Napolitano said a “cyber- 9/11” could happen “imminently” and that critical infrastructure — including water, electricity and gas — was very vulnerable to such a strike.

    “We shouldn’t wait until there is a 9/11 in the cyberworld. There are things we can and should be doing right now that, if not prevent, would mitigate the extent of damage,” said Napolitano, speaking at the Wilson Center think tank in Washington and referring to the Sept. 11, 2001, attacks.

    Napolitano runs the sprawling Homeland Security Department that was created 10 years ago in the aftermath of 9/11 and charged with preventing another such event.

    She urged Congress to pass legislation governing cybersecurity so the government could share information with the private sector to prevent an attack on infrastructure, much of which is privately owned.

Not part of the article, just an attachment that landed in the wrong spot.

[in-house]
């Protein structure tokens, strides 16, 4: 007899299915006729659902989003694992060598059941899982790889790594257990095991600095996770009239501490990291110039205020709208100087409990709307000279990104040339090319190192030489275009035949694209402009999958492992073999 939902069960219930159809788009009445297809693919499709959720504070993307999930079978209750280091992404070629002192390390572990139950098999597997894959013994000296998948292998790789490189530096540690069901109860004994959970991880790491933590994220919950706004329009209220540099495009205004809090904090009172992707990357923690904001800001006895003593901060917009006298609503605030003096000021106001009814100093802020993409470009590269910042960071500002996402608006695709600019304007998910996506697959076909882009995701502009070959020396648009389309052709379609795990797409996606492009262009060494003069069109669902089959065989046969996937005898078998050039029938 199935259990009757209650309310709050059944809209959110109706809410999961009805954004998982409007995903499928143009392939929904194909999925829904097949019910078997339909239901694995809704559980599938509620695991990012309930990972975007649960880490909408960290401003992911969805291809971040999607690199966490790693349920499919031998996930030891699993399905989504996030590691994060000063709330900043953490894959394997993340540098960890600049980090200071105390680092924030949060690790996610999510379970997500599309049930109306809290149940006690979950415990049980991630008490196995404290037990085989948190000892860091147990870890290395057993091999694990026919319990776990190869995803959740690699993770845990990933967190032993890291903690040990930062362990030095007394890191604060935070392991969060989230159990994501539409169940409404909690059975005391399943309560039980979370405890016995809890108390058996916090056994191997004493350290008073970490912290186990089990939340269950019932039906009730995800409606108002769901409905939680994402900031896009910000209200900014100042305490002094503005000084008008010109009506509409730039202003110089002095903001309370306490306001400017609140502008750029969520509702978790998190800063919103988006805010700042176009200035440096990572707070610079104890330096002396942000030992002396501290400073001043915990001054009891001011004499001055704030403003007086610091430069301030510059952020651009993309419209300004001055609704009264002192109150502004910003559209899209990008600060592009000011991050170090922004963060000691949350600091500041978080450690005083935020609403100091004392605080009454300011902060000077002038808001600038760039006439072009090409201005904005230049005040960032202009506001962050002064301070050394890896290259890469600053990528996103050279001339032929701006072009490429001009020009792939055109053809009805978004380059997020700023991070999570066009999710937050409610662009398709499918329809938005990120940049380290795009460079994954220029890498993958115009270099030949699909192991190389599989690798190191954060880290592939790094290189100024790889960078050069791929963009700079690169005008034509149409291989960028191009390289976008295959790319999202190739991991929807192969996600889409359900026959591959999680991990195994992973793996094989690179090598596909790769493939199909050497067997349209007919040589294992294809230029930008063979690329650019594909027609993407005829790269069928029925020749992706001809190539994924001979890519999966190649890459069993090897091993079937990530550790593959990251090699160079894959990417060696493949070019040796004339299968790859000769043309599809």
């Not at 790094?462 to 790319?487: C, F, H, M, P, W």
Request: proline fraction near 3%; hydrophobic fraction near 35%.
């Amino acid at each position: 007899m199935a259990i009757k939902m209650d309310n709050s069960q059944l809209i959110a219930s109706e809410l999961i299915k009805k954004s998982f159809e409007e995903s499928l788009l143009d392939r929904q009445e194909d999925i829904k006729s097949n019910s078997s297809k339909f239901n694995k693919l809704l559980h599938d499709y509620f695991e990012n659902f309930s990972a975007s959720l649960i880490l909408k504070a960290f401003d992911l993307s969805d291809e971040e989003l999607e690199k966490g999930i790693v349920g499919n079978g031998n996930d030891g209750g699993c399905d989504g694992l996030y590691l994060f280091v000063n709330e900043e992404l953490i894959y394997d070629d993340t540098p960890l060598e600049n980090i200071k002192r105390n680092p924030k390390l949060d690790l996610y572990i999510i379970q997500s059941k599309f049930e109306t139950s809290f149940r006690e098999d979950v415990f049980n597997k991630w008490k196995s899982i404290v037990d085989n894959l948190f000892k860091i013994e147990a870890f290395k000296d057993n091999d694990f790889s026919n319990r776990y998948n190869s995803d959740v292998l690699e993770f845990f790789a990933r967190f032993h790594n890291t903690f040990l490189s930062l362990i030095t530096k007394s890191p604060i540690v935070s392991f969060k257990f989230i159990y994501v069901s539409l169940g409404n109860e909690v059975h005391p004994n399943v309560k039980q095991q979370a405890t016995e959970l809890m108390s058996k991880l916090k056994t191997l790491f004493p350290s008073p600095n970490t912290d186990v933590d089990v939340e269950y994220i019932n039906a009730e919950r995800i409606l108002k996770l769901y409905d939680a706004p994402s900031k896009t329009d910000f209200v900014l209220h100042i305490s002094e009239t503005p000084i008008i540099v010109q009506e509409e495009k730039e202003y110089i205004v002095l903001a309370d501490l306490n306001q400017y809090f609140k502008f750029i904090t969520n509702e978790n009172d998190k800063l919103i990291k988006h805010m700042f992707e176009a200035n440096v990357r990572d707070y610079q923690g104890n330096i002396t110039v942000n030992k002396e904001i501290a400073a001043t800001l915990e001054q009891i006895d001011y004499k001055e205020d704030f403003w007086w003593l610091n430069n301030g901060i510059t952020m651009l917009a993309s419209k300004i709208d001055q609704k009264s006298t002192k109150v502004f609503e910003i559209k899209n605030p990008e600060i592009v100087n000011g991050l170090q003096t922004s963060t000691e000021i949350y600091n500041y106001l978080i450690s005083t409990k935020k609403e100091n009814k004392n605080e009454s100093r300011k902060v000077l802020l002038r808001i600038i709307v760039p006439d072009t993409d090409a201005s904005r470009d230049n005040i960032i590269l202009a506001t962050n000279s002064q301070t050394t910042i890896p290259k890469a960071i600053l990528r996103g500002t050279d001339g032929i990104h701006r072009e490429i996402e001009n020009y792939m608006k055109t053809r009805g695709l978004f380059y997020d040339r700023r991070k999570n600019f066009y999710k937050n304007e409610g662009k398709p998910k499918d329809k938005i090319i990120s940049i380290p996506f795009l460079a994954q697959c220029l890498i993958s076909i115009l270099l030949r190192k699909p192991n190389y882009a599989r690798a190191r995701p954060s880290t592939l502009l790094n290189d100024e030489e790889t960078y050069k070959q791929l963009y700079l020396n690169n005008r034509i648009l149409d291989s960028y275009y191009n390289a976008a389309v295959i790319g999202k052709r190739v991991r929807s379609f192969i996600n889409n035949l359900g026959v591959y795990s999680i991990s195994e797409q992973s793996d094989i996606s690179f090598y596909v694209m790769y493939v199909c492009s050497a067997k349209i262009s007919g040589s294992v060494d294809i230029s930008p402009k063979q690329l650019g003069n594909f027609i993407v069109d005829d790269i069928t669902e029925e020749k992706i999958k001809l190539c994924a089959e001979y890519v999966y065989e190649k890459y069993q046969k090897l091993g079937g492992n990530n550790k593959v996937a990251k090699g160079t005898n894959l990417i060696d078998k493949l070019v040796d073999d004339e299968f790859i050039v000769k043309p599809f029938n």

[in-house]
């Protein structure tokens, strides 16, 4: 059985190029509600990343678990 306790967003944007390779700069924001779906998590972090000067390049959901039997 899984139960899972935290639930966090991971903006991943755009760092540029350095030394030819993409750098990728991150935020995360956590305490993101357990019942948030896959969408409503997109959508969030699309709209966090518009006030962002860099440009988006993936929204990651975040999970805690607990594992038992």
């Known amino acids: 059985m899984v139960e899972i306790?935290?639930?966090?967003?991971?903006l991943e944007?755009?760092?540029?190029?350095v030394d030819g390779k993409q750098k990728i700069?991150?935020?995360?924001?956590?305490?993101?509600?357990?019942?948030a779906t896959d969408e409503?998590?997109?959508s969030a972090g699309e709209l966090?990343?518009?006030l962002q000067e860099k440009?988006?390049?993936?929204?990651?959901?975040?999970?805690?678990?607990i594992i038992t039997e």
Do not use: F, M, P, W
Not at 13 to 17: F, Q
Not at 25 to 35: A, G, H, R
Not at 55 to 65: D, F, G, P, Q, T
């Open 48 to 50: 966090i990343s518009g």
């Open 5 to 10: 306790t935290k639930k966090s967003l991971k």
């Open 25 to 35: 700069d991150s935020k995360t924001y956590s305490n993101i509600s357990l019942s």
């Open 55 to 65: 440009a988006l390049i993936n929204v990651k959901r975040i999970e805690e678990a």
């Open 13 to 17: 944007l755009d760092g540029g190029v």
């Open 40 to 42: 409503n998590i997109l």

A cybersecurity bill failed in Congress last year after business and privacy groups opposed it.

    The measure would have increased information sharing between private companies and U.S. intelligence agencies and established voluntary standards for businesses that control power grids or water treatment plants.

    Business groups said the legislation was government overreach. Privacy groups feared it might lead to Internet eavesdropping.

    New legislation is being considered, but it is unclear whether it will get through Congress.

    President Barack Obama is expected to issue an executive order soon that would set up a voluntary system to help protect some critical infrastructure and offer incentives to companies that participate.

    — Reuters